It would seem that I was wrong. In fact THE STEAM MOLE is launching, well, being released (out of its cage, rampaging, breaking furniture) on the 11th of December. The date on Amazon (by which they shipped, and people received copies) was merely the original date, which got changed.
It is difficult (not impossible, but difficult) to change and update listings on Amazon. I understand this. I accept this. However, not telling the author is a poor idea. I’m going to talk about THE STEAM MOLE in another paragraph, but let me explain this clearly. Of the income derived from that and any other book’s cover price 10% will go to the author. The other 90% goes to the publisher, the distributor, the retailer. If it’s a paperback, that’s 8%. That is not, of course profit. All of the stages INCLUDING AUTHORS have costs. Without turnover, those costs cannot be met. I know, now, from publishing some of my own work to raise the money to bring my dogs and cats over, and now — like almost every other author out there, dabbling in Amazon KDP (Bolg –
), Smashwords etc. that I can, if I really push hard and tell everyone, and get some excitement going, sell about 1/3 of what having it published, distributed and retailed by the usual channels does. That, if you're publisher or distributor, makes me — for that book — more valuable than your single biggest retail outlet. If you're a retailer, I could massively increase the traffic going to your store rather than Fred's store. The picture above is a link to Amazon. If you click through there Amazon pay me 6% on that sale, and on anything else you buy in the same trip to their store. They give me Bookscan figures for free and they give me a platform to promote myself and my books. A platform where they add far more traffic to me than I add to theirs. The 'cost' of my time, money and effort (and the best outcome takes a lot of all of them, more than I have to spare, unless the return is good.) has always been carried by the author, although 90% of the turnover generated goes to the rest of the chain. Firstly, this is a losing proposition from my point of view as I can invest the same time, money and effort,and keep 76% of the income by doing it myself (publish independently – 1/3 of 76 is a lot more than 10%), and secondly not helping me to do it is obviously a losing proposition from those who take 90% of the income. Naturally the more they invest, or kick back to me, the more I'll do. If I have to wait and nag to get my copies, don't get ARCs, wait and wait and nag to get paid, and am kept out of the loop… well, I've done my bit. They can work for their 90%. They, as a retailer or publisher, may be investing heavily. But if that is invisible to me… then I am inclined to think why the hell should I do more than anyone else for a lot less than anyone else? There is no way that a retailer who could sell up to 1/3 of a publisher's books would not have received their copies well before the release, and no way that communication — from retailers, distributors and publishers which could help those sales would not be done… except to authors. This is not a poke at the Steam Mole’s publishers. So far I have dealt with five and in fact they’re better than most. It’s just not something that has occurred to the industry yet, they’re so used to authors carrying the internet publicity with no thanks and little support, and the smallest part of the return, that it hasn’t got through this is worth changing. And yes, I know. It's ONE book. They sell many. Trust me on this, divide the year by the number of new books dealt with that year… most authors would be delighted at 1/10 per book of what gets put into communicating with a distributor or retailer (about the same book) who can sell much less than the author does. So far the only part of the entire publishing chain – much as I worry about them, and don't like their potential dominance – that appears to put real value on my efforts and support them, is Amazon, who give me 6% if you buy (anything) from them via my links, a platform, and sales information that would cost me $150 a year for free. So, dear readers, please buy from them. I'd love to encourage you to support your local independent bookstore, and those bookstores who contact me to tell me they're hand-selling my books will get my support and recommendation. I know that side of retail battles and I don't expect you to match Amazon in cash – I'll take it in labor :-).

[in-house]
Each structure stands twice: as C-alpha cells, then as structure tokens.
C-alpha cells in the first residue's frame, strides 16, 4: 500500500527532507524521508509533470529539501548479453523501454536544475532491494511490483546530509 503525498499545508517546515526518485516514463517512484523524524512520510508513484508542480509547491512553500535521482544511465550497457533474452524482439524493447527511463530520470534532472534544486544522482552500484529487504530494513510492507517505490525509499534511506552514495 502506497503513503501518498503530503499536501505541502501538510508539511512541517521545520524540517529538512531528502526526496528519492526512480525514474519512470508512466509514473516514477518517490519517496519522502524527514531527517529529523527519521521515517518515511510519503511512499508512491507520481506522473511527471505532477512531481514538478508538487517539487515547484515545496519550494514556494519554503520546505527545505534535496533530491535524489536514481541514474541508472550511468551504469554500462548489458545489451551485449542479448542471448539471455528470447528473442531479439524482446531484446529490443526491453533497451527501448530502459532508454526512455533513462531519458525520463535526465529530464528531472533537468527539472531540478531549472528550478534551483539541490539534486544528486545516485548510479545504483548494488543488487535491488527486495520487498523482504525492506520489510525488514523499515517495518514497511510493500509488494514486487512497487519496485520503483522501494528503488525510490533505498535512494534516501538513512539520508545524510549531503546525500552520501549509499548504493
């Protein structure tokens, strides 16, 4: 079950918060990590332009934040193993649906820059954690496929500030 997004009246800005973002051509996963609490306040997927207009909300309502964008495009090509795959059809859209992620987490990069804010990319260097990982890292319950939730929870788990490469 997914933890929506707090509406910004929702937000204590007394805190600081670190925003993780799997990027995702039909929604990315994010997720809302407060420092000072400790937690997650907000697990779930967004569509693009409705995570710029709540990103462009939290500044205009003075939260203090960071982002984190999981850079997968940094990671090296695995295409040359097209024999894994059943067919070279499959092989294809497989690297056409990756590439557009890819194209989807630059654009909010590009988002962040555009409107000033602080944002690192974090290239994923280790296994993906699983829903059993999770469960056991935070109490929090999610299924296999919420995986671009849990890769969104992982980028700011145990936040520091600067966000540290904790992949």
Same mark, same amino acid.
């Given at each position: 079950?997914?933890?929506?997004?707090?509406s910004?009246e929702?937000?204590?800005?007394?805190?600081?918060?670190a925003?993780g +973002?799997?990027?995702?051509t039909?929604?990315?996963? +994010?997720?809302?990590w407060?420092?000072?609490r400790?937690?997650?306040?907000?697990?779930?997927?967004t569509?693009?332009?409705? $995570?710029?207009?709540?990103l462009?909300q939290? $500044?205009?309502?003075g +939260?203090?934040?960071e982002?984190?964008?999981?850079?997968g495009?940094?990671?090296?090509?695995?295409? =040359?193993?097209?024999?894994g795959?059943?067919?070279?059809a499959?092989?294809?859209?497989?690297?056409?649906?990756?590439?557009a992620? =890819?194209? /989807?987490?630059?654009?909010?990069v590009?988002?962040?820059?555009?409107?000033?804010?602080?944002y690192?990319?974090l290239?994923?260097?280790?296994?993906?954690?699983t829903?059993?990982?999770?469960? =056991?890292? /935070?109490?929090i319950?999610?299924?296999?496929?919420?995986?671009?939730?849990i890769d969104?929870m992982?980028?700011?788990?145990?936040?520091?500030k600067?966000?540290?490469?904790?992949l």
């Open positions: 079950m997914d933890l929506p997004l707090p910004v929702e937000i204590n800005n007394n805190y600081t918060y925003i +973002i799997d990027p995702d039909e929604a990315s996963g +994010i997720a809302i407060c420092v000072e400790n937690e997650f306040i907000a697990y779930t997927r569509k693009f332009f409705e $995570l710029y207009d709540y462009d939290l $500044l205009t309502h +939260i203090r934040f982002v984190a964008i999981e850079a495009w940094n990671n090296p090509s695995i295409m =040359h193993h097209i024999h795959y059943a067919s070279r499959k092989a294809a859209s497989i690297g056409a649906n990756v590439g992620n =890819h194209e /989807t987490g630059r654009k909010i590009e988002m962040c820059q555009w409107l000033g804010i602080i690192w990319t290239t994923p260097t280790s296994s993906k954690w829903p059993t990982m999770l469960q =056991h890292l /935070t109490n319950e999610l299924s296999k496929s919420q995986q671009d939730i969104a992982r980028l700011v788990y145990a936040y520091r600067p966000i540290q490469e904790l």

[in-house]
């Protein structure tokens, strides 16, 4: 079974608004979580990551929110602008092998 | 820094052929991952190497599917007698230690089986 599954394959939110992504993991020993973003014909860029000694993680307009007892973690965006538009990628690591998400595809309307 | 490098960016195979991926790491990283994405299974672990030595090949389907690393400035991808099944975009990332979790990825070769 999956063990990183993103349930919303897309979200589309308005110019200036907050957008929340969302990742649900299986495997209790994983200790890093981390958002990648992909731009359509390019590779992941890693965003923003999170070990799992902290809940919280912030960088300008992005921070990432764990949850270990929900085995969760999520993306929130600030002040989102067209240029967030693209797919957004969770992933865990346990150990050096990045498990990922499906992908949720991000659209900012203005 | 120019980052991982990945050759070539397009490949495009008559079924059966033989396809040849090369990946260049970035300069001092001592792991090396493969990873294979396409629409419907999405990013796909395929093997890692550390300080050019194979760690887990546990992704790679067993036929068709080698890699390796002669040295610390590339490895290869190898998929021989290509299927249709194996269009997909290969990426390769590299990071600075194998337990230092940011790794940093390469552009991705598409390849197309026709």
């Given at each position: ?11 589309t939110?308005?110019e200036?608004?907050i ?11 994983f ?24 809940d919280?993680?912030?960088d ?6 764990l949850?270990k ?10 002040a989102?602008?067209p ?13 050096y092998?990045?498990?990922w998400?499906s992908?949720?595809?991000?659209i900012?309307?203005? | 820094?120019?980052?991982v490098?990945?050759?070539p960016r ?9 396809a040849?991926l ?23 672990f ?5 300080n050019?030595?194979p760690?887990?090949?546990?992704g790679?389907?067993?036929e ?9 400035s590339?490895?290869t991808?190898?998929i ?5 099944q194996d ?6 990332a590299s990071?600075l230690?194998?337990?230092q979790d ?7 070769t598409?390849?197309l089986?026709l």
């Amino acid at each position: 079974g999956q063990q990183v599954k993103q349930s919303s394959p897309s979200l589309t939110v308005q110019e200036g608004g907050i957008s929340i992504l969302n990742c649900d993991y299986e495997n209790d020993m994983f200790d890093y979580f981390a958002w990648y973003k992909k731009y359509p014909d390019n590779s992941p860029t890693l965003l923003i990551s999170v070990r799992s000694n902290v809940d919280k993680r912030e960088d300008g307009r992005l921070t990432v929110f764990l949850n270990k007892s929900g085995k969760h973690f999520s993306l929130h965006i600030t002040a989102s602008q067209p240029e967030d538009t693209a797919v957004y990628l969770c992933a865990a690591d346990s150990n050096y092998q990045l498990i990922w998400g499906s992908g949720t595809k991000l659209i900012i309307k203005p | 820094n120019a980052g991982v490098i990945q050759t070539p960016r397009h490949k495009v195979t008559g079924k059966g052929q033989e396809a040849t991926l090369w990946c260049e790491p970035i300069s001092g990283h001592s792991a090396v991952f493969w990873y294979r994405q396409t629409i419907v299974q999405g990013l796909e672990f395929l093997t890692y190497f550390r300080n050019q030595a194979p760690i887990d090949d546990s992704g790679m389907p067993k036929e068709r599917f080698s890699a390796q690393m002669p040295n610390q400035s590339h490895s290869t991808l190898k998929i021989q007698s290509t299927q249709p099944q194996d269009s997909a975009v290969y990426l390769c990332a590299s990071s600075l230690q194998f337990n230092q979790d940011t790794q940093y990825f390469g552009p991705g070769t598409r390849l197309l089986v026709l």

Anyway, back to THE STEAM MOLE. Obviously, I wrote it, it's adventure, and um, equally obviously, the good guys win. Not without cost and growth and tears of course, but hey, nothing for nothing. It is my first entirely Australian set novel, and it has been described as ‘something of a love-letter to Freer’s adopted country and a whacking good tale’
Basically it’s a story set around what I know best: survival against the elements, living by your wits off the country. Of course there is pursuit, and strange steam powered digging machines and flying wings, combat and heroism. When is there ever anything else? At stake is the Republic of Westralia’s richest mine, and probably the free country’s survival. Against the heroes, the desert, heat, greed, stupidity, and the Imperial forces, all determined to see the good guys fail. Our heroes are outnumbered, outweighed and all Tim and Clara have is their brains, courage and determination. You just have to feel bloody sorry for the enemy.